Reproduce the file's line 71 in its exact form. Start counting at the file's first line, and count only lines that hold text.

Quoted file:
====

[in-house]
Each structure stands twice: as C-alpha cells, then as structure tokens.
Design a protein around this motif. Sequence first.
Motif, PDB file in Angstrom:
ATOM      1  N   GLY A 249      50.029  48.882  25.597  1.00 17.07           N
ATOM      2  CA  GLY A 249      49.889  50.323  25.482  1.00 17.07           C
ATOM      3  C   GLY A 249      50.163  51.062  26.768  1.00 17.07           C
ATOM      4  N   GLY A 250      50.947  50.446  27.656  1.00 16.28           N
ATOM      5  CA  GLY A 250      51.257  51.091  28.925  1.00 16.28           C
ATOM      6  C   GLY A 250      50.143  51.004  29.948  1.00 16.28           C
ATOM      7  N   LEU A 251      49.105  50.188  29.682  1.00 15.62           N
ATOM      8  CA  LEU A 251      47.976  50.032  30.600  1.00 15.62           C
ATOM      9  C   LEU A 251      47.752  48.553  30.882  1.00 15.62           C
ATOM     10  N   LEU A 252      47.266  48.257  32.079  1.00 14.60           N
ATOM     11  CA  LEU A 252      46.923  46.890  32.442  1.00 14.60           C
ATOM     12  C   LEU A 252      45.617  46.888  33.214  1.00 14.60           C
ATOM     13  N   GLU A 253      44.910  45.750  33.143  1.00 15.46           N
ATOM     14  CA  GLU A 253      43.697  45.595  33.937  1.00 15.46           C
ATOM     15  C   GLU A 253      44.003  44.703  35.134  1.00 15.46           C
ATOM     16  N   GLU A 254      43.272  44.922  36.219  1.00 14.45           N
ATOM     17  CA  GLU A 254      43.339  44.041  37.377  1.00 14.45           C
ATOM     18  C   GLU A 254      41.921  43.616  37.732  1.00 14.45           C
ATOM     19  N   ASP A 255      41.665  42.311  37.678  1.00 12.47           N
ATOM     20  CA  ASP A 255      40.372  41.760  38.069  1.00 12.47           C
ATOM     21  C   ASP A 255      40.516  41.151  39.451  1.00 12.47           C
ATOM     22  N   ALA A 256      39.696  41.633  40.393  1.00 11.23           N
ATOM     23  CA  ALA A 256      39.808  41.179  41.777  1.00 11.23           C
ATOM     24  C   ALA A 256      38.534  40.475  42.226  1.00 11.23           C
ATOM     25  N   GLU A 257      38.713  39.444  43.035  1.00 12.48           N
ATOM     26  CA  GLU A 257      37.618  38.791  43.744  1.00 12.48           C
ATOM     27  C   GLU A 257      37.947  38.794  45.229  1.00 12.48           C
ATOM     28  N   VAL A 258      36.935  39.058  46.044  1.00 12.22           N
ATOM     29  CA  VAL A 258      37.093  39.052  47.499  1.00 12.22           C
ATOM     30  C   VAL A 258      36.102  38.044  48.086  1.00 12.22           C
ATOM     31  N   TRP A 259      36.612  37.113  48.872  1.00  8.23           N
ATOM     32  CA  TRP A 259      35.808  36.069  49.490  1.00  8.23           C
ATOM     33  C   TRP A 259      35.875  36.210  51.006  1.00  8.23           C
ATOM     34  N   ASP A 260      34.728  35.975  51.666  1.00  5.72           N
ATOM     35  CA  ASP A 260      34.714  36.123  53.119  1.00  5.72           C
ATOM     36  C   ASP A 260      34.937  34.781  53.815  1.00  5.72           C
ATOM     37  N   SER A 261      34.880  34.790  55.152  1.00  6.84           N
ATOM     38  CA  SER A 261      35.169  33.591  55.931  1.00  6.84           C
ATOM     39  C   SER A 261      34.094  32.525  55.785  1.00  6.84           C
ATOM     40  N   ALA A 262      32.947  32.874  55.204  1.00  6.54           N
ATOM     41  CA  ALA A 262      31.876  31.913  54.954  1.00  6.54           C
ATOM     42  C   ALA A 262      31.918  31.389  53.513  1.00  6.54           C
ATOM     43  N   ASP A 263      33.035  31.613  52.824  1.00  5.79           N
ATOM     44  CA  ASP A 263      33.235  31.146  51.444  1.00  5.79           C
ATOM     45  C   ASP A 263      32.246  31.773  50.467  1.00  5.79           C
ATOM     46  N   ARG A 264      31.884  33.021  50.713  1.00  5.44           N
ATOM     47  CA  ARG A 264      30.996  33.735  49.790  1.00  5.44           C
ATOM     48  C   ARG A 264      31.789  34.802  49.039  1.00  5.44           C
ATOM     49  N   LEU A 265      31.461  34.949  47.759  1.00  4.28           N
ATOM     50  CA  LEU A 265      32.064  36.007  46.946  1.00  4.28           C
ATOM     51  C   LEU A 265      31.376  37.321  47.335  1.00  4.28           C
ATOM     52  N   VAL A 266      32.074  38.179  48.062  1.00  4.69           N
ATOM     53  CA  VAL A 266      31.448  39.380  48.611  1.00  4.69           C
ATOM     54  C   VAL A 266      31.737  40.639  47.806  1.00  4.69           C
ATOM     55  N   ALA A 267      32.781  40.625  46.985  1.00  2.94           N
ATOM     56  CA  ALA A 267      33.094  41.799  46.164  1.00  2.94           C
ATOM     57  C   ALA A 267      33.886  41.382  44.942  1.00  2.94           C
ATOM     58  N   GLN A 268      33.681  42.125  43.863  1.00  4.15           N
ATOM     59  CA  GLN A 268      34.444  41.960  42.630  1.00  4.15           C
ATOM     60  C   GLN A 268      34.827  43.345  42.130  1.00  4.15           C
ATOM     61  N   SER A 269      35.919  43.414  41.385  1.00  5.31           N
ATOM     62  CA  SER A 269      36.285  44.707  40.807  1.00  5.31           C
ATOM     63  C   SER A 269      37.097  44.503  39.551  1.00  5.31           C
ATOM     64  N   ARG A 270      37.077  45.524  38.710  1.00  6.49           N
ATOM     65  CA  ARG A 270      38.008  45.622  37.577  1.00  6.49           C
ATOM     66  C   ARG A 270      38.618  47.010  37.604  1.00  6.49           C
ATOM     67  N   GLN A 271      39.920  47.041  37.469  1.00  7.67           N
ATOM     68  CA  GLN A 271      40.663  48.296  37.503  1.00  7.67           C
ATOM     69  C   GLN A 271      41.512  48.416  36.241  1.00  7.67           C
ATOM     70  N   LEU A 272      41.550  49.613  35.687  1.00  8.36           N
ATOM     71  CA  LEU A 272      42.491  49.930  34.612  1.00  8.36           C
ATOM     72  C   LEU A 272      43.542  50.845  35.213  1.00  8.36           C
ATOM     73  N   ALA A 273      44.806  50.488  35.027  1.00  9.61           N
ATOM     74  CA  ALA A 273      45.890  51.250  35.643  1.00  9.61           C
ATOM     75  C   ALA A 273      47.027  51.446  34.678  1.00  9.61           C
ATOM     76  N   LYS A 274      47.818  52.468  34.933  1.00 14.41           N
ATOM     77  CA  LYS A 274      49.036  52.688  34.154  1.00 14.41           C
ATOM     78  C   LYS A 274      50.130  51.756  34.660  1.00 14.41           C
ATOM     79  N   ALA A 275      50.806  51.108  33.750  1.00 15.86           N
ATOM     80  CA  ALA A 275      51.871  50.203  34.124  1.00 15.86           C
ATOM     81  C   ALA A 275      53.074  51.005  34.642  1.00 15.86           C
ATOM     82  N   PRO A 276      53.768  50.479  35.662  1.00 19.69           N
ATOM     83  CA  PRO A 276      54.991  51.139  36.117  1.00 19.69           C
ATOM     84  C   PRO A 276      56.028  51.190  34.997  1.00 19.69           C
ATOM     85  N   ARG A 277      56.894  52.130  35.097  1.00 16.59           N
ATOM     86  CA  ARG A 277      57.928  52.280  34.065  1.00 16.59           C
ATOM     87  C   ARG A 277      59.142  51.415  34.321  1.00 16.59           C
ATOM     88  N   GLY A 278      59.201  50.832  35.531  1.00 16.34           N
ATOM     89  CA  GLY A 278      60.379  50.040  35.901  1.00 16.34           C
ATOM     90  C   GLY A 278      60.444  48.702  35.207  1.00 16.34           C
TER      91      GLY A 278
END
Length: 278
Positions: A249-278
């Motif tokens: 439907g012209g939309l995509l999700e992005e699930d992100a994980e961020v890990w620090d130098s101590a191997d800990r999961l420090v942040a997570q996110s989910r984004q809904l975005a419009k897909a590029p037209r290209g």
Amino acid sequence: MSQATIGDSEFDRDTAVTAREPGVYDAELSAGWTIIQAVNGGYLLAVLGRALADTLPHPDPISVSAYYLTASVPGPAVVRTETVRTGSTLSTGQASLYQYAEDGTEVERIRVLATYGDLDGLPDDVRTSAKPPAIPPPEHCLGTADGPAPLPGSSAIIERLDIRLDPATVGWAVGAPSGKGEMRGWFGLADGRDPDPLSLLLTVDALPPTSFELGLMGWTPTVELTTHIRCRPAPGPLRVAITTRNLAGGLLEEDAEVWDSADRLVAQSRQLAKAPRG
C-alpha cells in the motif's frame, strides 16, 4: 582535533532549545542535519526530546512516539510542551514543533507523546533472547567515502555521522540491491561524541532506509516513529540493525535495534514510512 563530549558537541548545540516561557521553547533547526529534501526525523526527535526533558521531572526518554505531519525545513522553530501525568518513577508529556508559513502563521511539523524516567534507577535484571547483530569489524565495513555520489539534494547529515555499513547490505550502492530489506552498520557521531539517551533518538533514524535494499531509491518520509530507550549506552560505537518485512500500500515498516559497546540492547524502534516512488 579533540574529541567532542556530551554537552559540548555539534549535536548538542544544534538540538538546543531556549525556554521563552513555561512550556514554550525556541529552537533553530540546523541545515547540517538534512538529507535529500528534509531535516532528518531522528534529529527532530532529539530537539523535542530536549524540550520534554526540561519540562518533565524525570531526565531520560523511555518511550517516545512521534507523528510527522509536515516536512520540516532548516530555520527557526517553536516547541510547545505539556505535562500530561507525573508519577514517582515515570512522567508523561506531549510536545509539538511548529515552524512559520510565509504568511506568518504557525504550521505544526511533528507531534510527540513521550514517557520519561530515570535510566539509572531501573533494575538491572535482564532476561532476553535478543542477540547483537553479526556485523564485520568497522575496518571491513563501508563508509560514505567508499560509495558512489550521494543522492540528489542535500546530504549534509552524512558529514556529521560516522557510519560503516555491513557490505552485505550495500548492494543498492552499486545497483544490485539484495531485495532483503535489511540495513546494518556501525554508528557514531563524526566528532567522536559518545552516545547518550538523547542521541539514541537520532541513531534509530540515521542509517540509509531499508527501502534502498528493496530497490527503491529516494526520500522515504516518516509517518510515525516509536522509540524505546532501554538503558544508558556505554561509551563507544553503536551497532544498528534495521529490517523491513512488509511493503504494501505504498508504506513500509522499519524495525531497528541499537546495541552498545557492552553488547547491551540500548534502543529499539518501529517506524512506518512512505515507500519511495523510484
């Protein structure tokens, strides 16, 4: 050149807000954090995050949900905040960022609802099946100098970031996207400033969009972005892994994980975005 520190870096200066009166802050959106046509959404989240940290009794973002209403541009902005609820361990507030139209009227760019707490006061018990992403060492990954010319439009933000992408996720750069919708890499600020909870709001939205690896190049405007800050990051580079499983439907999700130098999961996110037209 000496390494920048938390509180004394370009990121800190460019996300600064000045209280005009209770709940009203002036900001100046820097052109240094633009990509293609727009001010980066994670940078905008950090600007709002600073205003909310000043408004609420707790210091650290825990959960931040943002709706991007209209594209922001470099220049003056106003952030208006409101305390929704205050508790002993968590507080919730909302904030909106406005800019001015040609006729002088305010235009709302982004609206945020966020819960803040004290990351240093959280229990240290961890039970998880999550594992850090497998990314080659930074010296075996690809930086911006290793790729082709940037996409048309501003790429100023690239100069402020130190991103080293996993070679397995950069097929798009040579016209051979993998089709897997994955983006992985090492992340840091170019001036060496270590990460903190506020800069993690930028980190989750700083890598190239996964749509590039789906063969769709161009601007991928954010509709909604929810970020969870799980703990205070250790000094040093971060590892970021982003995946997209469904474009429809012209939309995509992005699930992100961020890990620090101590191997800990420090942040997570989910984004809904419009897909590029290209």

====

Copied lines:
ATOM     67  N   GLN A 271      39.920  47.041  37.469  1.00  7.67           N